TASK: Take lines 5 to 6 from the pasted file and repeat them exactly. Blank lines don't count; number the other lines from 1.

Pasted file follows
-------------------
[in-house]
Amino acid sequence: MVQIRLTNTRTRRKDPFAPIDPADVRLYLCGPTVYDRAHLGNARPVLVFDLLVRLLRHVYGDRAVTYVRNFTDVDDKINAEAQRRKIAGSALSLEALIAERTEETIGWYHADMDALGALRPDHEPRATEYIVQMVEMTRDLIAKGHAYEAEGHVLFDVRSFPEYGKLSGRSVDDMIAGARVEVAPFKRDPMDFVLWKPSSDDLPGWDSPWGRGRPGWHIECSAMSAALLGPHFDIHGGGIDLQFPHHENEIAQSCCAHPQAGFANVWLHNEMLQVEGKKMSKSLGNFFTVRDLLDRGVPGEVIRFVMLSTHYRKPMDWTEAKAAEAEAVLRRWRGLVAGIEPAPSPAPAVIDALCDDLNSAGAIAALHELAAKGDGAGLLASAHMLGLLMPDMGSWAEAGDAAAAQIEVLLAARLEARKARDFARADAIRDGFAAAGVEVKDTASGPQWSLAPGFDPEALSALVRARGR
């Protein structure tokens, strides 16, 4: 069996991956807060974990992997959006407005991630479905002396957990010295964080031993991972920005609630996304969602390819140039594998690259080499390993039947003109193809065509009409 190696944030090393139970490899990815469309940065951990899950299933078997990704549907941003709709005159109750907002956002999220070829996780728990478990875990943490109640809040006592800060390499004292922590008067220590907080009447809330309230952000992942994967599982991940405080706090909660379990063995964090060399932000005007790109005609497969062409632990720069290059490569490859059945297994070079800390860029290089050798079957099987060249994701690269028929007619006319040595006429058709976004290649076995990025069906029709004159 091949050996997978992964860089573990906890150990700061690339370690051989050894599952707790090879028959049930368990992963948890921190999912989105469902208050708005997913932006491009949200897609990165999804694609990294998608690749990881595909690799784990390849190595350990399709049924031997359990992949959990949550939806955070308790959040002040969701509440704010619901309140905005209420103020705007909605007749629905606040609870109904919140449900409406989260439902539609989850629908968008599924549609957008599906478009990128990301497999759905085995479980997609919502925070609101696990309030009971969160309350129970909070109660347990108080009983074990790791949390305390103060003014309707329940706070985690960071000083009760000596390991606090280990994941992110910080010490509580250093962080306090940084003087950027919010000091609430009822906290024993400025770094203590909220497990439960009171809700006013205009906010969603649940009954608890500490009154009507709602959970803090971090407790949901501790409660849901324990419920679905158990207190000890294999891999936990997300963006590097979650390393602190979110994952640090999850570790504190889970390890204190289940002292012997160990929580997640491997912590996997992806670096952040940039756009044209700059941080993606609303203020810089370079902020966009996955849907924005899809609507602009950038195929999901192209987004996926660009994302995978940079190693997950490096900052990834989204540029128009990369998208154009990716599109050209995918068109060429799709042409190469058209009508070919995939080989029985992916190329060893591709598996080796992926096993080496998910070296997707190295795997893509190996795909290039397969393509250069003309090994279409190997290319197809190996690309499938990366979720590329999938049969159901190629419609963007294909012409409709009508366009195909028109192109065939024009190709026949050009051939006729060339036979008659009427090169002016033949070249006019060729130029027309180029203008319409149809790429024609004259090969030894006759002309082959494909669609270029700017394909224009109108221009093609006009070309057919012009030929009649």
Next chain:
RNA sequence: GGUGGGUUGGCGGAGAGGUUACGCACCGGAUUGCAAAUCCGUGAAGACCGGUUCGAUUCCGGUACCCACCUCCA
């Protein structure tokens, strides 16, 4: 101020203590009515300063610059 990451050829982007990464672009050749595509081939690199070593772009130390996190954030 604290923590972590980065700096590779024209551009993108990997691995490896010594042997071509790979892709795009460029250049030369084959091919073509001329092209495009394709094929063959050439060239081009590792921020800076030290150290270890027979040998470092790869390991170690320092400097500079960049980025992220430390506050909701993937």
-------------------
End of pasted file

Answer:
RNA sequence: GGUGGGUUGGCGGAGAGGUUACGCACCGGAUUGCAAAUCCGUGAAGACCGGUUCGAUUCCGGUACCCACCUCCA
């Protein structure tokens, strides 16, 4: 101020203590009515300063610059 990451050829982007990464672009050749595509081939690199070593772009130390996190954030 604290923590972590980065700096590779024209551009993108990997691995490896010594042997071509790979892709795009460029250049030369084959091919073509001329092209495009394709094929063959050439060239081009590792921020800076030290150290270890027979040998470092790869390991170690320092400097500079960049980025992220430390506050909701993937």